Thursday, May 18, 2006
Almost missed deadline for meeting (OK, lunch)
My column almost did not get written again this week because I had planned to sit down Tuesday morning and write it, but I got summoned to Oxford for a meeting. (Actually it was an invitation to lunch!)
My friend — a fellow minister from Corinth, had not seen the new Henry Williamson office building out at Camp Hopewell, five miles east of Oxford, so we rode out there, and that took extra time — hence the quick deadline for what you are reading.
But the visit reminded me of a story with a lesson. Hopewell is our Presbyterian camp for North Mississippi, but lots of other children go there too. The Rev. Henry Williamson was our minister for years at the Speedway Church in Corinth (what a name — in recent years they changed it to “Covenant” — more Presbyterian!) as well as at Iuka and Tishomingo.
Henry could be a grumpy old cuss — in fact he always reminded me of a big, Persian cat. In his last years, he assisted churches that were between installed pastors. We joked that dealing with Henry caused those churches to hurry up and find a pastor. Henry was not sentimental; he wanted to move those people on to their next chapter in church life!
Meanwhile he would come in and do a little “housecleaning” — knocking heads together to resolve quarrels that regular ministers were too timid to tackle, firing the obstreperous church musician, or the incompetent church secretary.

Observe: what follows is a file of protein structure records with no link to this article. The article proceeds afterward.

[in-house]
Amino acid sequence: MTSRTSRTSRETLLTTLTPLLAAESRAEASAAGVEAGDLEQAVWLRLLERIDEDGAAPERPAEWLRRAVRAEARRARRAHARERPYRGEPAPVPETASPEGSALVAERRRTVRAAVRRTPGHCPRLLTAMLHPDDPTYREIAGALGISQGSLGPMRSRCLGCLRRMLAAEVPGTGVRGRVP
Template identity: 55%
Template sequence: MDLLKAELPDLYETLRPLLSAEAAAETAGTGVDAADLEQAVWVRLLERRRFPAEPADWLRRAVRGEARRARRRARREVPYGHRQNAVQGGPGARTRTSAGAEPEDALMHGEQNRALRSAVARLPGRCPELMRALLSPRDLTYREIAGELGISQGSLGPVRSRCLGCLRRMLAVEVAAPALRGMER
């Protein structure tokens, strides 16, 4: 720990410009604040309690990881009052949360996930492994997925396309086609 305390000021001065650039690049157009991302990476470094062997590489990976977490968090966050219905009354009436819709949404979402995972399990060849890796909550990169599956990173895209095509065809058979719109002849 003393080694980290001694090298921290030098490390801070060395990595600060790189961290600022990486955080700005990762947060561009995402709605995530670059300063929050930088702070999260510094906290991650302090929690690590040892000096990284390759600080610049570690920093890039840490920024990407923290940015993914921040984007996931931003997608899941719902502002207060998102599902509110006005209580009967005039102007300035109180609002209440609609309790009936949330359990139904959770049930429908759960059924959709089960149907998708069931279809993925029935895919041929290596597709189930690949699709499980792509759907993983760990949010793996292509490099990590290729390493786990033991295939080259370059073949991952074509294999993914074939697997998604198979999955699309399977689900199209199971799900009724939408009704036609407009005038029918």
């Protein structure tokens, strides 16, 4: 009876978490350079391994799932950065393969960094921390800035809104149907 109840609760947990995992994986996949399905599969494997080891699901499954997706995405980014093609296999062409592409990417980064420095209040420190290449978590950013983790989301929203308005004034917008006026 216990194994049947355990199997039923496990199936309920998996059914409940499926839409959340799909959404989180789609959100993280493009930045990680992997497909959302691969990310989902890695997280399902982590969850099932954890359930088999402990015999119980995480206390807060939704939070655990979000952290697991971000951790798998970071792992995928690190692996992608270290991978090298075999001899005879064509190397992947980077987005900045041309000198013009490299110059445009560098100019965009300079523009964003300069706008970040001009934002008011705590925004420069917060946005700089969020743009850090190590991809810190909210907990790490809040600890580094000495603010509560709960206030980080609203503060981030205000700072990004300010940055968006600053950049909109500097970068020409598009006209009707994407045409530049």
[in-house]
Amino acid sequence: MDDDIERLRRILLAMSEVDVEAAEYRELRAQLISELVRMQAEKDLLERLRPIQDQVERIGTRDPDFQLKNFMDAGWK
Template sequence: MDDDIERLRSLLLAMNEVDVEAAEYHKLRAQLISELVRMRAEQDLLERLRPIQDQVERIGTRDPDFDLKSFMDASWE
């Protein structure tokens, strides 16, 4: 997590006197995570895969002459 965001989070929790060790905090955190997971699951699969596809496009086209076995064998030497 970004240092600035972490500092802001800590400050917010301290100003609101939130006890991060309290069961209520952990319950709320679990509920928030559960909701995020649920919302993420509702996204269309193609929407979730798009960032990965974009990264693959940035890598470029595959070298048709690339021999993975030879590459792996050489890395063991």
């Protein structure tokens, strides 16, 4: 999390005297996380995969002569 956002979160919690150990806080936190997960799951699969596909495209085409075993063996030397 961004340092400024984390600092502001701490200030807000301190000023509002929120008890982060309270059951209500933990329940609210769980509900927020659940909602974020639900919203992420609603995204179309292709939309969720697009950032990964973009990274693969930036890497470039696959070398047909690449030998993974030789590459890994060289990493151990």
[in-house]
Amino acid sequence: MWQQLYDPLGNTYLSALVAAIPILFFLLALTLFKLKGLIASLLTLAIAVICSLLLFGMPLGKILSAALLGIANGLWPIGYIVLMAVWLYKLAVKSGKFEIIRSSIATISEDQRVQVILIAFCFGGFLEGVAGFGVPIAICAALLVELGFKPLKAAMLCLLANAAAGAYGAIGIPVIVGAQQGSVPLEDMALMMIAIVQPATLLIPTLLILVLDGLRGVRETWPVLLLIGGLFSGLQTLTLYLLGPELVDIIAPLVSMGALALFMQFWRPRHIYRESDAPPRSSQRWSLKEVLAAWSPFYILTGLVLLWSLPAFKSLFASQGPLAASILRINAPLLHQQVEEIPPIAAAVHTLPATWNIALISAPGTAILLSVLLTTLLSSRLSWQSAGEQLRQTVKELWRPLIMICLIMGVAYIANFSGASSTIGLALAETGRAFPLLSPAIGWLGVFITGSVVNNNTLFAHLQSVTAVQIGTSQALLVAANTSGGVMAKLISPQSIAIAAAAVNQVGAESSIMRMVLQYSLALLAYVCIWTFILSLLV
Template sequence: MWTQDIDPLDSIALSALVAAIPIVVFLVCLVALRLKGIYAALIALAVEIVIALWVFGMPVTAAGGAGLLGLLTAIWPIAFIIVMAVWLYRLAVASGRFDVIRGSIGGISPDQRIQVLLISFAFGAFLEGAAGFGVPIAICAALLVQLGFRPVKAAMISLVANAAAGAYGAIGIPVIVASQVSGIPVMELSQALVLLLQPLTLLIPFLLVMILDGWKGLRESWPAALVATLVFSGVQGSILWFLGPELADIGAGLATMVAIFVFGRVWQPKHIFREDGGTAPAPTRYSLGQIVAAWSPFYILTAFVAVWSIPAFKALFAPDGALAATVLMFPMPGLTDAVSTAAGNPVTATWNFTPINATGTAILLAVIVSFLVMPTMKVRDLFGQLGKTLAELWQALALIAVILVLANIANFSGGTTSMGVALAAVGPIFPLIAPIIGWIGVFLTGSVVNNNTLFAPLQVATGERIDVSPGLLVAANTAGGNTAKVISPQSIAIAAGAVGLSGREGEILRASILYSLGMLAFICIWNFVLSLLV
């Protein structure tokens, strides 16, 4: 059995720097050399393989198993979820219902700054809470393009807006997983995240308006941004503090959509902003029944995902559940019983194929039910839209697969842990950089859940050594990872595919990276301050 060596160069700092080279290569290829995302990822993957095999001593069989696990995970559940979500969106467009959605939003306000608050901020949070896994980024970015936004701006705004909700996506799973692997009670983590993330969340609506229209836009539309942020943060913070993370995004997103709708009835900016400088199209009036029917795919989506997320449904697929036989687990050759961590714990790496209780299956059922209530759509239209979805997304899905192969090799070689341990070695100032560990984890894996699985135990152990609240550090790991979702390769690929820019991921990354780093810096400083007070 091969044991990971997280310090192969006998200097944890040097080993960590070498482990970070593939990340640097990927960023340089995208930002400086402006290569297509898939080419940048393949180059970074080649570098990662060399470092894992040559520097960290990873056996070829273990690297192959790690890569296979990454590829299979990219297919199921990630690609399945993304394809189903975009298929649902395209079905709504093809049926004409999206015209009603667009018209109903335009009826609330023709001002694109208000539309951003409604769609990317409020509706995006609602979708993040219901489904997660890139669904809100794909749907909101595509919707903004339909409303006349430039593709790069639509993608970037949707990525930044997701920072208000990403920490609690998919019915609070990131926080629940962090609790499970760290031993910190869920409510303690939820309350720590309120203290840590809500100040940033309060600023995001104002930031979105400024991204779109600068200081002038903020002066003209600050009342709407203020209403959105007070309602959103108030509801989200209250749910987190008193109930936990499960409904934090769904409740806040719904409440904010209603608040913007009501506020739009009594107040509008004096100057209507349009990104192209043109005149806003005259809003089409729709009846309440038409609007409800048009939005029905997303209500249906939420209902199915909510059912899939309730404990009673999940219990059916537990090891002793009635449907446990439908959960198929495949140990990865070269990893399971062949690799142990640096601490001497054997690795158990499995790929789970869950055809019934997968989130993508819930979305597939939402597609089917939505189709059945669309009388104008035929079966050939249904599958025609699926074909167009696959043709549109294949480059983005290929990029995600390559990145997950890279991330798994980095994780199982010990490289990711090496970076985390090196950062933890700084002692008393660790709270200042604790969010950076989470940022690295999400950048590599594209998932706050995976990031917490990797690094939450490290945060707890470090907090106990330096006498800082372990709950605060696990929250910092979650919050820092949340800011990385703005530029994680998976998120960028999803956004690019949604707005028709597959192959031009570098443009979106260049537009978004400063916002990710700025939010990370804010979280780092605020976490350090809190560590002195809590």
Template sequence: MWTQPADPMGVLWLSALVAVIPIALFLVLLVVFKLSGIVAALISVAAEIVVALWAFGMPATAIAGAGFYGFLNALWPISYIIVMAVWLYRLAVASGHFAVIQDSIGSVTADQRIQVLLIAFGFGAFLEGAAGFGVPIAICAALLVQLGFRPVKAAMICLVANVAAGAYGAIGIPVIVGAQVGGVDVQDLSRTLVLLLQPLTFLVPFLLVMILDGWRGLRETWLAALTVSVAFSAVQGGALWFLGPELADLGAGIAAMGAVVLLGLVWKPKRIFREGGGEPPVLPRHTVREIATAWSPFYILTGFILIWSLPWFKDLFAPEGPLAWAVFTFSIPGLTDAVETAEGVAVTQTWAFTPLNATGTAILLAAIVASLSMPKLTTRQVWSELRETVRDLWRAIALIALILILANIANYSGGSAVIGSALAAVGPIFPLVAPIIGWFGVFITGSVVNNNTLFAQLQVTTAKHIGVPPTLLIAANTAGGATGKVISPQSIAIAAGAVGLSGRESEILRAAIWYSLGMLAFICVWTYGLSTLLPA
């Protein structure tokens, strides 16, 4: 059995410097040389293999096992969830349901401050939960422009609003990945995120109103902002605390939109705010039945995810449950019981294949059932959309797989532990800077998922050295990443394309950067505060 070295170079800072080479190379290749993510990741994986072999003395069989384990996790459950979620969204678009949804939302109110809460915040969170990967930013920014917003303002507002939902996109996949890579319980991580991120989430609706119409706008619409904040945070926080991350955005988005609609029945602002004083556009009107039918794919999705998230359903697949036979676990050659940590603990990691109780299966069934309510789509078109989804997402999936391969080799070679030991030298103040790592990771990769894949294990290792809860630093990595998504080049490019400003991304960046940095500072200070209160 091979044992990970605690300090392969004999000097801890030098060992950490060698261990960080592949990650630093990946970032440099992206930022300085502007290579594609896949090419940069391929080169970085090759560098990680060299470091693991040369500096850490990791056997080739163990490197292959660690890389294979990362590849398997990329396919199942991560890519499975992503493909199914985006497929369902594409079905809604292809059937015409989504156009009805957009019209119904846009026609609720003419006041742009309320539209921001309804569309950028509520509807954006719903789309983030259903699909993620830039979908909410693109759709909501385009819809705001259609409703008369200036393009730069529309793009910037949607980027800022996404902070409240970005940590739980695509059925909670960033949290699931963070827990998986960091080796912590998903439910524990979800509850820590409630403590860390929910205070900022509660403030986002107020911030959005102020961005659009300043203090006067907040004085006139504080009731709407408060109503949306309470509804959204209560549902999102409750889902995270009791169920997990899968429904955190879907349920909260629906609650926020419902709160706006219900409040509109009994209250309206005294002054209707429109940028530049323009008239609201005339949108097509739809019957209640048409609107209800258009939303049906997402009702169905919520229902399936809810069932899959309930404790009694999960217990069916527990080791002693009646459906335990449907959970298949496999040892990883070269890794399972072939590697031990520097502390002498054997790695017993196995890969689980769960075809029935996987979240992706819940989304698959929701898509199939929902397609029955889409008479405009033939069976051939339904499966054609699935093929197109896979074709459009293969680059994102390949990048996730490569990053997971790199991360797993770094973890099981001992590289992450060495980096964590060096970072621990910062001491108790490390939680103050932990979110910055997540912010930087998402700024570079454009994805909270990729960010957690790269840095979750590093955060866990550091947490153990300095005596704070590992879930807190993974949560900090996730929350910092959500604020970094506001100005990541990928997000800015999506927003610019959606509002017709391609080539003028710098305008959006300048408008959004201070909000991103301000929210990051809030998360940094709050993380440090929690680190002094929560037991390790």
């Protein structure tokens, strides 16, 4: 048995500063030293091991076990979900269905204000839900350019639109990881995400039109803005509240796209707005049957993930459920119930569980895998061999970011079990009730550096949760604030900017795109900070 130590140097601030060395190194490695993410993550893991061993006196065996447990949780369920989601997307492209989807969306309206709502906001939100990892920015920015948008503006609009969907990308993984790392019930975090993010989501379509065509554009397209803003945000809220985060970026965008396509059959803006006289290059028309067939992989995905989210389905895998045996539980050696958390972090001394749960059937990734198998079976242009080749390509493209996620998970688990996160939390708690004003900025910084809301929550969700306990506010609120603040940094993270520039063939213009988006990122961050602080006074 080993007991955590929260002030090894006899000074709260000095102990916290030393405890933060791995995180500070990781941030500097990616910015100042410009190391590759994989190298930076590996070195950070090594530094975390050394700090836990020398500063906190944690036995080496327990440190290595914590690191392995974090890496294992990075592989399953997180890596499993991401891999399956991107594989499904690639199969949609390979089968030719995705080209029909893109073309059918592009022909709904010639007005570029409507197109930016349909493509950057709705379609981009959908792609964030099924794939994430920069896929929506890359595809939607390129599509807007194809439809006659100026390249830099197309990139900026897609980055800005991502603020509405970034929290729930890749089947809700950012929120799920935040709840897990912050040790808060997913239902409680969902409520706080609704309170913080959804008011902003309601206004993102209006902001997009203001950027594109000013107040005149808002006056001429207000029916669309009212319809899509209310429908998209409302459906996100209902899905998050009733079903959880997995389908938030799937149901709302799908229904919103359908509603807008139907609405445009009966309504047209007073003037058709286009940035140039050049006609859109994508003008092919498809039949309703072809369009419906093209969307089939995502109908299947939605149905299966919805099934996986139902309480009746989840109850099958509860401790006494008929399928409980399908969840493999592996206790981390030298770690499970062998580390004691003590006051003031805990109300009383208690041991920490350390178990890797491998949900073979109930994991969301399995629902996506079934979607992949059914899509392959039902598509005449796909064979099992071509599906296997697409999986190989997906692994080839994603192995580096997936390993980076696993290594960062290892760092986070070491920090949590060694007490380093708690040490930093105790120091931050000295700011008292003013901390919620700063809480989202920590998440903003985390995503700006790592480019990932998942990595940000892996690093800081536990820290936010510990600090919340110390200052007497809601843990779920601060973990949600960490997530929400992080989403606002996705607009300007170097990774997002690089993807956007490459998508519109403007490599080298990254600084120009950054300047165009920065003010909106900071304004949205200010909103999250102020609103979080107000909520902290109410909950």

Once when I admired Henry’s little Jack Russell terrier pup, he informed me he had named it for the secretary of a certain church in North Mississippi. “Well, she must be complimented,” I mused.
“She doesn’t know it,” snapped Henry. “I fired her!”
Henry, as do I, thought that dogs and cats often look like people and vice versa — hence the name for the new puppy.
Sad to say, Henry spent his last years in semi-loneliness. Some years ago now, he put out an ad to us ministers that he was selling off his ministerial library and invited us to come visit and see if we wanted to buy any of his books.
I read between the lines that he wanted some company, so one afternoon I took off and drove to Water Valley where he had purchased a home.
After spending a good, long afternoon reminiscing, I bought about $200 worth of Henry’s books, and as I drove home, I do confess I spent the first few miles out of Water Valley congratulating myself for my Christian good deeds. I had visited a lonely old person and given him $200 of my money. I was just the sort of ministerial colleague that God wanted us Presbyterians to be.
Just at that moment my daydream was interrupted by the sound of a siren and the flashing blue light in my rearview mirror. I was doing 70 in a 55 mile-per-hour zone. “Pride goeth before the fall,” says the Book, and it cost me another $200 — for speeding. Actually, I decided that whether the highway patrol knew it or not, that ticket was for the sin of self-congratulation, for without that my mind would have been on my driving.
All was not for naught. Henry left his entire estate to Camp Hopewell and that beautiful new building was built with his gift and named in his memory. My friend Frank Brooks, whom I met that day, had conducted Henry’s funeral, and we enjoyed swapping “Henry stories” while we drove out to the camp.
All in all the $200 for the books and the $200 for the ticket were well spent, I think. Indeed I (gulp) thank the highway patrol for teaching a young preacher a most needed lesson, whether that was what the officer intended or not.
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